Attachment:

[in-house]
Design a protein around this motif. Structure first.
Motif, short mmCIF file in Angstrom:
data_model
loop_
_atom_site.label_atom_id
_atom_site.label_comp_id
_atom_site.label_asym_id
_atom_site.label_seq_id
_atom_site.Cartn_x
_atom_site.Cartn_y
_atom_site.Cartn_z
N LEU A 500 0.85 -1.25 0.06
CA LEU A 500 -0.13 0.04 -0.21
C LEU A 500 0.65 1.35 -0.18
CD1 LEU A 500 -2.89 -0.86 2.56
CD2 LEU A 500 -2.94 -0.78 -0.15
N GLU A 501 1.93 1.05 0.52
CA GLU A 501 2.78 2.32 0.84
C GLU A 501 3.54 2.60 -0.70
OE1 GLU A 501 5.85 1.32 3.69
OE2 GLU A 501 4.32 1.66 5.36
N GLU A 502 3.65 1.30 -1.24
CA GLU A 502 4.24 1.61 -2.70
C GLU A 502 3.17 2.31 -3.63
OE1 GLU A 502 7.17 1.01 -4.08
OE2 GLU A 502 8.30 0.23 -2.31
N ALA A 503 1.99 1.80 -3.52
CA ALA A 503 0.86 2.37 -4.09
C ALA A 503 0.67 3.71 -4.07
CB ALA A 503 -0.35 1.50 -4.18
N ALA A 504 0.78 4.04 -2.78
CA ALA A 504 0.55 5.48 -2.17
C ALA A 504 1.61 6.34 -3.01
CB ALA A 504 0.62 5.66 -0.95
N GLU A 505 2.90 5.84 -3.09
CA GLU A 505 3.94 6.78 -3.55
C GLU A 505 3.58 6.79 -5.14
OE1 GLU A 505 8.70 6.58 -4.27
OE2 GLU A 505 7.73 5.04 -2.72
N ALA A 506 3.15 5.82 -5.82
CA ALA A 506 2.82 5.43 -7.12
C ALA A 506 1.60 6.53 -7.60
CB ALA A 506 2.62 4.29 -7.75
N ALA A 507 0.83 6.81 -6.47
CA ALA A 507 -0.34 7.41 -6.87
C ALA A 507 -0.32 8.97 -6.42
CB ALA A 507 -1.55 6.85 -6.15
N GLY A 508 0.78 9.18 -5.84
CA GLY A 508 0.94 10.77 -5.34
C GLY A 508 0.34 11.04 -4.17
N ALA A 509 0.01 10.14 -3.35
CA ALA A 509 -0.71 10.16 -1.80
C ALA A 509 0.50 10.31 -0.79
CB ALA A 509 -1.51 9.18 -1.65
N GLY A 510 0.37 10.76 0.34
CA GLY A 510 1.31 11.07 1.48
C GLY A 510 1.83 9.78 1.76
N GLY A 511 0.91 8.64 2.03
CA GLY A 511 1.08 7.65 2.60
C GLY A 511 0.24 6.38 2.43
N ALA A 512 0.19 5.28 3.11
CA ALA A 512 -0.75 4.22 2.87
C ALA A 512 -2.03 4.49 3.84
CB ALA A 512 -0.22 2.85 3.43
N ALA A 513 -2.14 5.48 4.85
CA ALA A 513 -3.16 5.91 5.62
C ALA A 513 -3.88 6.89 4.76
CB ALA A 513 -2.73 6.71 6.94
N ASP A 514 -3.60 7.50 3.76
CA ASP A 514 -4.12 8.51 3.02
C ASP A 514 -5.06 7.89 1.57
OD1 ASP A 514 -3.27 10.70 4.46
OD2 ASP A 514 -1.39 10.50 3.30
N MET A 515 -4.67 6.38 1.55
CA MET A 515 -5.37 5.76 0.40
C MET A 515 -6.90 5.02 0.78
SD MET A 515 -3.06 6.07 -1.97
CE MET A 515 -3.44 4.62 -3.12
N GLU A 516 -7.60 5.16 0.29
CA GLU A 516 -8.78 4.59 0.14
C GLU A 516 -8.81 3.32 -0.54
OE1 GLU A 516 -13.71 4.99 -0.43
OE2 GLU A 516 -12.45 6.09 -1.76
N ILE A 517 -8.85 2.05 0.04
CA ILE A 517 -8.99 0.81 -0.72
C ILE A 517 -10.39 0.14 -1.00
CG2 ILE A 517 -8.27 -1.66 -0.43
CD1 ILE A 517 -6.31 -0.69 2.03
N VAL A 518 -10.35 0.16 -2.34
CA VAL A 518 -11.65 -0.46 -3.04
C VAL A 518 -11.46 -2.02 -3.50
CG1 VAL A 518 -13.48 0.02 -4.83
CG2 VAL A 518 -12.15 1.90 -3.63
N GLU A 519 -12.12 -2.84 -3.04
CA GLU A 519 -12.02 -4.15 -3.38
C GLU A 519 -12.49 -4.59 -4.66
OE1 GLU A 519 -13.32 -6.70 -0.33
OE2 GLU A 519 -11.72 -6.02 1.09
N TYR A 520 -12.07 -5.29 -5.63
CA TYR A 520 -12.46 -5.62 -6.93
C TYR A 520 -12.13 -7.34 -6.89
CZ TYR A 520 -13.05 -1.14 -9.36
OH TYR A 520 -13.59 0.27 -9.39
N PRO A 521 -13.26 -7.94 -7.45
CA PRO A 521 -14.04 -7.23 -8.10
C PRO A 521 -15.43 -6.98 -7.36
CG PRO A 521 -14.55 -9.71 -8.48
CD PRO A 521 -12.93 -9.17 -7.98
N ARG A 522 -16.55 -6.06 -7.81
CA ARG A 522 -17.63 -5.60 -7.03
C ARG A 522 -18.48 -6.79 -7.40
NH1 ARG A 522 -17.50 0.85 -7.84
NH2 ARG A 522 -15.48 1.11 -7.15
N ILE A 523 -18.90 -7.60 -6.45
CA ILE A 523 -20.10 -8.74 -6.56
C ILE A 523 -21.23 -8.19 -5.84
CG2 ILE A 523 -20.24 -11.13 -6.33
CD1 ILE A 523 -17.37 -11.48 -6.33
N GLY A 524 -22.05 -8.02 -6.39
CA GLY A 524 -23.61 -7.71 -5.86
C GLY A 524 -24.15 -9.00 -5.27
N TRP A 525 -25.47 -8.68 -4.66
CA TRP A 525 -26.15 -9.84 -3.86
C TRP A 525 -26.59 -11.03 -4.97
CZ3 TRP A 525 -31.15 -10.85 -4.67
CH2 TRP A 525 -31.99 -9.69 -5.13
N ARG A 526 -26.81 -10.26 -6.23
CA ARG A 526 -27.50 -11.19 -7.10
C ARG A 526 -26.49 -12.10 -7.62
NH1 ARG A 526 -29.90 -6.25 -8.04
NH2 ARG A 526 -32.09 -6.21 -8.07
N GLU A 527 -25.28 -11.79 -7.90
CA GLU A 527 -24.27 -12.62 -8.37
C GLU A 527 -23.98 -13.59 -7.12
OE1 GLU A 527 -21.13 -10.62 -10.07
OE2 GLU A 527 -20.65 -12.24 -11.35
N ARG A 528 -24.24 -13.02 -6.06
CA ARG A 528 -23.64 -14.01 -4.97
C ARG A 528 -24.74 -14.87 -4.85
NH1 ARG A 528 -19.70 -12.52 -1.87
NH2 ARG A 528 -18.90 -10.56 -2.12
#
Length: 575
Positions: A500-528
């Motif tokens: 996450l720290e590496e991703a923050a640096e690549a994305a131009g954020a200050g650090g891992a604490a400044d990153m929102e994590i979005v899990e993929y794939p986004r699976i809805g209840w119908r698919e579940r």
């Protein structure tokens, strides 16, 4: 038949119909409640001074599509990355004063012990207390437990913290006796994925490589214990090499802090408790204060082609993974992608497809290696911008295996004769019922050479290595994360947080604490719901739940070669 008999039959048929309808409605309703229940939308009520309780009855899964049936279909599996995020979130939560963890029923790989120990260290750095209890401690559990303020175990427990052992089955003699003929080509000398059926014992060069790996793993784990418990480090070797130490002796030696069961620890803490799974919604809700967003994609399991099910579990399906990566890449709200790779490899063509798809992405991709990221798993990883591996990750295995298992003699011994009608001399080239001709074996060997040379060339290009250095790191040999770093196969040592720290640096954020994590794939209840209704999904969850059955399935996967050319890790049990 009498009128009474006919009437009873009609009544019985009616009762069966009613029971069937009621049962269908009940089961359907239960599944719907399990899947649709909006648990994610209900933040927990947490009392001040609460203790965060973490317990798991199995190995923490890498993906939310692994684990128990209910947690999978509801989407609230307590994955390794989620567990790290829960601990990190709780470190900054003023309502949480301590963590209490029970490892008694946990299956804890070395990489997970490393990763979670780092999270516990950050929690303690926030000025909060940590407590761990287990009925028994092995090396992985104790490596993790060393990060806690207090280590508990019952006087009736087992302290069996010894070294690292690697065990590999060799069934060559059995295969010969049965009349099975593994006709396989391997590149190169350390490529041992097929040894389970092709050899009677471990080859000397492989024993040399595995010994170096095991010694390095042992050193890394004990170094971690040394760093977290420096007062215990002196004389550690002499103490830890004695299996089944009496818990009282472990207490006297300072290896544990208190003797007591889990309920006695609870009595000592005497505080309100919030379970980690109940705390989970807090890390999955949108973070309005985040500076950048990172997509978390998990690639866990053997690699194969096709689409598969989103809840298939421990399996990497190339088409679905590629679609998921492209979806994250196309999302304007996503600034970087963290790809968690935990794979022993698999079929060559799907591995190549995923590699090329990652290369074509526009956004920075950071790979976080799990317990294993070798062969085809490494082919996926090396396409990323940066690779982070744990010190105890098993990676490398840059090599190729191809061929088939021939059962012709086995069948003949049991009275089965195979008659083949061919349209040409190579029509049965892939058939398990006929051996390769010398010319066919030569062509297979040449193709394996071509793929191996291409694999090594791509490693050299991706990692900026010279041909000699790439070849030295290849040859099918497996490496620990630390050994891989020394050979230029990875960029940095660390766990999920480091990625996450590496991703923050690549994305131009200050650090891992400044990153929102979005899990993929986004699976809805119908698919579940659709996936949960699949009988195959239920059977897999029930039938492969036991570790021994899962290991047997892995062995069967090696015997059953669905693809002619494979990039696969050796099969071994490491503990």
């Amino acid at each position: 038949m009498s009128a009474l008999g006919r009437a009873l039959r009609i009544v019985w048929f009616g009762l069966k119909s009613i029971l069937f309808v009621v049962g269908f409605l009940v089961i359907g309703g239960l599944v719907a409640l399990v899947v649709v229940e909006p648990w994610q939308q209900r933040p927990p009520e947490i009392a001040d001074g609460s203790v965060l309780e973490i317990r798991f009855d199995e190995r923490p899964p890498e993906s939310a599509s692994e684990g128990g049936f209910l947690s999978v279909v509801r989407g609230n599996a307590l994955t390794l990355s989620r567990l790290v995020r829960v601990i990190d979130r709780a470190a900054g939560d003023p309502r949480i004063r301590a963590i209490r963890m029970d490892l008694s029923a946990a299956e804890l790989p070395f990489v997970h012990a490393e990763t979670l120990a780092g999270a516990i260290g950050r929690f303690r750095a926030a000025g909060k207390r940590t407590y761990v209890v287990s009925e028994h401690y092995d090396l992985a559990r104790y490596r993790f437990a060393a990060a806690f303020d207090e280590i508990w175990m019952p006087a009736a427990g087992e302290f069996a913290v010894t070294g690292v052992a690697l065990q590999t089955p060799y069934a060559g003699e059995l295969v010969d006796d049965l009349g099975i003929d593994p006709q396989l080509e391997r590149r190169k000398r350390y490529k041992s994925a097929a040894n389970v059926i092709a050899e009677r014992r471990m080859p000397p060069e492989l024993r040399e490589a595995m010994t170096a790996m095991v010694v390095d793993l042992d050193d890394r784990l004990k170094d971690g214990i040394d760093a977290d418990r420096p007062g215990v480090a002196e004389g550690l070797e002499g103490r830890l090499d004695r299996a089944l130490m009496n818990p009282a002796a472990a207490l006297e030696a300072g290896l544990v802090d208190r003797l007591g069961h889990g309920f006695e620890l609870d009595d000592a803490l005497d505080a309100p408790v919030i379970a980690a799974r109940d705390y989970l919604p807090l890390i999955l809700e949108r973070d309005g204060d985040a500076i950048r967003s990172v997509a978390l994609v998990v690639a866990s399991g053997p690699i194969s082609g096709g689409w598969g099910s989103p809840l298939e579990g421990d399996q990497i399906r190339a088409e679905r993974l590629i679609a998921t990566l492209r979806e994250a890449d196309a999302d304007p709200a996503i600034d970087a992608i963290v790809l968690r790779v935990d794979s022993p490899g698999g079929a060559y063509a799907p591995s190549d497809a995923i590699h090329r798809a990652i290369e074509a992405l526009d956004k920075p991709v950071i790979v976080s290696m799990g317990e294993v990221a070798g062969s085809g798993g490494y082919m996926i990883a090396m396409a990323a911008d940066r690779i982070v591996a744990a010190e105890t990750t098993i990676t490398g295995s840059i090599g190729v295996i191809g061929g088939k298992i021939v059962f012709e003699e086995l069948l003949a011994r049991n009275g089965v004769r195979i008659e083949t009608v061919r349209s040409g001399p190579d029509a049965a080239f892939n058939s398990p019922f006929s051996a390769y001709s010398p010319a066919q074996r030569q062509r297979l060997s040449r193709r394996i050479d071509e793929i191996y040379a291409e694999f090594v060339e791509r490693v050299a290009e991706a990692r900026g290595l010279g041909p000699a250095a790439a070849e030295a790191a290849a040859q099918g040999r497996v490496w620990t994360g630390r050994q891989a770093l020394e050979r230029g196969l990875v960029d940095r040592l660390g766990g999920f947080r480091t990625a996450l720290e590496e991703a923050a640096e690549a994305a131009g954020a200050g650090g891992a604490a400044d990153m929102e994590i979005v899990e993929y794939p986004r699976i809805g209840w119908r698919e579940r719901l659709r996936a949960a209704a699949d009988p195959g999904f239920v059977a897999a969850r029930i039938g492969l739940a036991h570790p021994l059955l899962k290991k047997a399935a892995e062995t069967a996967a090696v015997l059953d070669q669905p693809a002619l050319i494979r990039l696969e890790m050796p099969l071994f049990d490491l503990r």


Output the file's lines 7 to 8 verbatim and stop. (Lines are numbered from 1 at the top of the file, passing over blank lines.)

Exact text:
_atom_site.label_comp_id
_atom_site.label_asym_id